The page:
A Running of the Bulls in ’07 or Will ’08 Be Great?

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By virtue of an ugly loss at New Jersey last Wednesday night, the Bulls managed to go from a virtual lock to getting to the NBA Eastern Conference Finals as a #2 seed down to underdogs in the first round as the #5 seed against the Miami Heat.  Even though the Bulls were able to dispense of Shaq and Dwyane Wade yesterday in game 1, I still have a ton of aprenhension as to the prospects of this team.  Certainly, the Bulls are improved from the last year’s playoff run while the Heat are weaker with a less-than-100% Wade (which is still probably better than anyone else in the league other than Kobe Bryant and LeBron James).  Yet, the Bulls pretty much had to ride a smoking performance by Luol Deng and a fourth quarter where Shaq and D-Wade spent a lot of time on the bench due to foul troubles in order to pull out a win in the comforts of the United Center.  I think the Bulls may have enough energy and depth to get past the Heat in what could very well be a seven game series, but with the Detroit Pistons looming in round 2, it’s going to be extremely tough to get to the Eastern Conference Finals for the Bulls this year.  That’s the thing with this Bulls team – I love their energy and defensive intensity, which means that they are able to hang on most nights with the elite teams such as the Pistons and Heat, yet they are also very capable of getting beaten by mediocre teams in any given game (i.e. their continuous problems with the Nets) since they don’t have a type-A scorer or a low-post force.

Which brings us to the other side of this equation: this year’s NBA Draft.  I’ve been writing about the potential Bulls 2007 draft pick ever since I started this blog, which was several months before Greg Oden even started looking for tuxes for his senior high school prom.  As much as you hear about living for today, the fact of the matter is that this is going to be one of those history-shaking drafts that will determine the balance of power in pro basketball for the next decade.  Unfortunately, the Bulls suffered another huge loss on Wednesday with the Knicks winning and moving up one place in the final league standings.  That drastically reduced the chances of the Bulls getting one of the top two picks in the draft by virtue of Chicago owning New York’s pick from the Eddy Curry trade.  Still, is there any NBA executive, shoe company, or basketball observer outside of the 4 or 5 Memphis Grizzlies fans out there that could possibly want the Tennessee club that holds highest odds to the top pick to get either Greg Oden or Kevin Durant when the marquee large market teams of the Celtics, Bulls, and 76ers are in the same lottery?  David Stern can talk all he wants about how the 1985 Patrick Ewing draft wasn’t fixed in favor of the Knicks, but it’s time for him to give a little push in the best interests of the league.  Even if the Bulls don’t end up with one of the top two picks (as you can tell by my over one-year long obsession with this draft, the Bulls being at the top of this lottery ranks just behind the Illini winning the national championship in terms of future sports wishes), the thought of the NBA’s next superstars in Oden or Durant toiling away in Memphis as opposed to one of the large markets, regardless of the presence of Pau Gasol, is simply horrifying.  The Bulls already have the talent that could get to the top of the Eastern Conference in 2007.  The outcome of this draft, though, is going to determine whether the Bulls becomes the only NBA franchise other than the Celtics and Lakers to have multiple dynasties starting in 2008.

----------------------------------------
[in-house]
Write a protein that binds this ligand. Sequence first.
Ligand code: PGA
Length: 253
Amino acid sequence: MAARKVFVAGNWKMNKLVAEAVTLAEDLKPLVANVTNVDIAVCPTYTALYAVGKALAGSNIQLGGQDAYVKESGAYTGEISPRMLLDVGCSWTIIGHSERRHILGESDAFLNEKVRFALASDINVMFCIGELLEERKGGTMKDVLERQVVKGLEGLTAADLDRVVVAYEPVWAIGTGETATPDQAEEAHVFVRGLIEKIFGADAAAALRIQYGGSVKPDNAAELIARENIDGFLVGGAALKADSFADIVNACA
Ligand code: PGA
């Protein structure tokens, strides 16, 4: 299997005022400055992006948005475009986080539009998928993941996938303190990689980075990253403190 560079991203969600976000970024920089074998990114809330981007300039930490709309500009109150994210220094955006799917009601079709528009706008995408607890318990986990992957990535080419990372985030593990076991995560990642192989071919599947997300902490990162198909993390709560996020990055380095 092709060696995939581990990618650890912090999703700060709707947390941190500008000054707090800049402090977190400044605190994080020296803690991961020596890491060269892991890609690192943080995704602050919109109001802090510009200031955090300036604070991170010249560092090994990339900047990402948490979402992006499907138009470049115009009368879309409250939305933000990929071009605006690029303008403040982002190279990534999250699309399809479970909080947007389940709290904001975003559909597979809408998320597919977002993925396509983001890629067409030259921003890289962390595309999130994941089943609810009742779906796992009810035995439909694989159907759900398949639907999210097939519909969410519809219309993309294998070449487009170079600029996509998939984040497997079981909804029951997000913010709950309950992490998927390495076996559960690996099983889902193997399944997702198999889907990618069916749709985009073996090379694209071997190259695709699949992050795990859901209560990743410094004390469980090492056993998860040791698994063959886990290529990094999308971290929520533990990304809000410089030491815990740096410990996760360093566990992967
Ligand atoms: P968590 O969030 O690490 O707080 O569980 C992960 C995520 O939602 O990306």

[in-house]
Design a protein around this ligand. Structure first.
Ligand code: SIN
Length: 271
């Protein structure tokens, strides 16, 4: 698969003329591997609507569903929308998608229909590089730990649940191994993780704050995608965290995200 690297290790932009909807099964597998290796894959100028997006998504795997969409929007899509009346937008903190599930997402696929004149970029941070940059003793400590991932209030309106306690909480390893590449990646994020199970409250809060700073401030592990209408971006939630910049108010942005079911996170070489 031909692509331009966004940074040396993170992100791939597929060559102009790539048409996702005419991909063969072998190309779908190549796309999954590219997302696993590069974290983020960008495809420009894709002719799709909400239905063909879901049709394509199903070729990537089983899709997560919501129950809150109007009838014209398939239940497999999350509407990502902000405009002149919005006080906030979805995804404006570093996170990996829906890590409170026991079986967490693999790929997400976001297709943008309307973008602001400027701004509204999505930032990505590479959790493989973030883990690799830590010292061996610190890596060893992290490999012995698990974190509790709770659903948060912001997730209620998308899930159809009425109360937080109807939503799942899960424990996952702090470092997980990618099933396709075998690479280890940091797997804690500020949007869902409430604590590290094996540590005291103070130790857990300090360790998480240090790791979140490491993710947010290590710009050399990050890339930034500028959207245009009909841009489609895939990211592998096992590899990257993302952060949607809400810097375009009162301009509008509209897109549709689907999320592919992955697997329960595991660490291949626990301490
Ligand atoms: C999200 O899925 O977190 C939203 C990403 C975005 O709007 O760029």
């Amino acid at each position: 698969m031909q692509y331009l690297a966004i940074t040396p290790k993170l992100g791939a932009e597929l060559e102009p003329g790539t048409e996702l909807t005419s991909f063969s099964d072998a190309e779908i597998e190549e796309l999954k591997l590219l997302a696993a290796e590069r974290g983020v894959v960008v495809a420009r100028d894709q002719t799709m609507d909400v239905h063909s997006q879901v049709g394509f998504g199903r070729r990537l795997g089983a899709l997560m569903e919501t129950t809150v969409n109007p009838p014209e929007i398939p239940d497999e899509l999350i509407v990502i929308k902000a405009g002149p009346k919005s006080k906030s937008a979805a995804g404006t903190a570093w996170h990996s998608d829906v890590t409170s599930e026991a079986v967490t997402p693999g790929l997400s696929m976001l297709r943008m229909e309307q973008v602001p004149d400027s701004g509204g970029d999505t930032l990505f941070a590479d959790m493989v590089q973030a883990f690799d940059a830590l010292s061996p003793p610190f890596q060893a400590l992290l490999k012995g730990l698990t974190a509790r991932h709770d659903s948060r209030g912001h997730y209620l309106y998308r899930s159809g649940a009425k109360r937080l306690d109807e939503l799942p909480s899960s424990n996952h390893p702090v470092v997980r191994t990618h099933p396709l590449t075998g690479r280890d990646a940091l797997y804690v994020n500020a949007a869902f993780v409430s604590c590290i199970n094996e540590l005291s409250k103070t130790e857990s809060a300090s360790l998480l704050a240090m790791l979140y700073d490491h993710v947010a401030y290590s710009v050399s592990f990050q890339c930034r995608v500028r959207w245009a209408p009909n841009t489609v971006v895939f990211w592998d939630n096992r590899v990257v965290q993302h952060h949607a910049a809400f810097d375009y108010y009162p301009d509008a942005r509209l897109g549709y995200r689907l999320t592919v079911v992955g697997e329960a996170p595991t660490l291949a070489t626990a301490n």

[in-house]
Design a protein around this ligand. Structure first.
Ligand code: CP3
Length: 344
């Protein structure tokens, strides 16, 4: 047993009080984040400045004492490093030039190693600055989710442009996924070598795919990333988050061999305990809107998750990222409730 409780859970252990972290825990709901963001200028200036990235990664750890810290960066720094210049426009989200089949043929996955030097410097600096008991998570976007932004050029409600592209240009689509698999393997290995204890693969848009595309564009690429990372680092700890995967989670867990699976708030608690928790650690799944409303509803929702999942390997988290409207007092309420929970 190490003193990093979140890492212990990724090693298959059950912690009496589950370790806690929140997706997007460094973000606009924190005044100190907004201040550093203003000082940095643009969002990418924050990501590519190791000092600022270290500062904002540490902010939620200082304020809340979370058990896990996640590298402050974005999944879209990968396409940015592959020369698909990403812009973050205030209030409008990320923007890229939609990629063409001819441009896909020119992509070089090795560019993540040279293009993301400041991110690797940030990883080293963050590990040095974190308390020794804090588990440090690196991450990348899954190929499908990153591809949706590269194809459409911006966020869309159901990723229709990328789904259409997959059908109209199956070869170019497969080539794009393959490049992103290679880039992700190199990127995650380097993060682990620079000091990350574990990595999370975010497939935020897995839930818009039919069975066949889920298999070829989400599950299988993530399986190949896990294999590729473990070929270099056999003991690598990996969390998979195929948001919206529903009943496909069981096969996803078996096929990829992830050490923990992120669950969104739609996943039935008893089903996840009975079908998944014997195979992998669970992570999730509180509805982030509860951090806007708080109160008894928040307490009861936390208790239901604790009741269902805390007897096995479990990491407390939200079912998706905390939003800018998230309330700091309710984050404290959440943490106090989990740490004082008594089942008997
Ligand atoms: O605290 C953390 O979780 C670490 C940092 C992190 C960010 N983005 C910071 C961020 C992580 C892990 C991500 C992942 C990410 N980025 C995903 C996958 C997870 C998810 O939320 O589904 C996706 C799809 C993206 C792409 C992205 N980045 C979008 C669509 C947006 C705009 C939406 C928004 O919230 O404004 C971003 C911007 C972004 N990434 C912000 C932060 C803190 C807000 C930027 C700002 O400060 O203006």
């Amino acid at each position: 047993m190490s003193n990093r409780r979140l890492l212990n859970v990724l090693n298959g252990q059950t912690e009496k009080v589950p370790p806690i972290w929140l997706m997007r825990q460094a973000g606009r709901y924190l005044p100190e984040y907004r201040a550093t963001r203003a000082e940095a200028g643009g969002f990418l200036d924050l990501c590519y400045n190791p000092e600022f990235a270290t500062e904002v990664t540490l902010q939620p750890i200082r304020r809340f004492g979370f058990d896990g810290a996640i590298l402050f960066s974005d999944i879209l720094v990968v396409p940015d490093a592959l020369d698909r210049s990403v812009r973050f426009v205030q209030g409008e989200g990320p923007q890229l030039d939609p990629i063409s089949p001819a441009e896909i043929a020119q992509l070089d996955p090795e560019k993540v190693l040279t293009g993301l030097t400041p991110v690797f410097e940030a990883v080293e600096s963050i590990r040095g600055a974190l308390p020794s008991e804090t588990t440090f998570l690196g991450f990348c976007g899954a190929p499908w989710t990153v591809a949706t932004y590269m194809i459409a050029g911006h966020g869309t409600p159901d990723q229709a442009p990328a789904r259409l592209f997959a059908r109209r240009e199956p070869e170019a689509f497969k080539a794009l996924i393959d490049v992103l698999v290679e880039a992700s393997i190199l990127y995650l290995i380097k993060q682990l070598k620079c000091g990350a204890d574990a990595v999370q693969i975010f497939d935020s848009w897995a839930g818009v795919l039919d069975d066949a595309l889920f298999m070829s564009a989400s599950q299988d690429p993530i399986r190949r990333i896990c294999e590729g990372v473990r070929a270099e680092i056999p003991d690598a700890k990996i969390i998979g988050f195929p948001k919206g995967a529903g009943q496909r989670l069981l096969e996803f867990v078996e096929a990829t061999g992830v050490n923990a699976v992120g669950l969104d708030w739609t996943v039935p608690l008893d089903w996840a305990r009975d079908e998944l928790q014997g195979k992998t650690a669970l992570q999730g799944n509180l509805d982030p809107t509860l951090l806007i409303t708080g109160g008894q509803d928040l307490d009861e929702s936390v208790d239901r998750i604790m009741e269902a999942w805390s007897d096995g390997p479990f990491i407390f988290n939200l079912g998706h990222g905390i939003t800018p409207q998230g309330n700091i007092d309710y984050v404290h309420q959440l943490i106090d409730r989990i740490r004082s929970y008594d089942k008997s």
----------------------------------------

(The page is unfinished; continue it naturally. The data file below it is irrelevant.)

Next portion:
(Image from Chicago Tribune)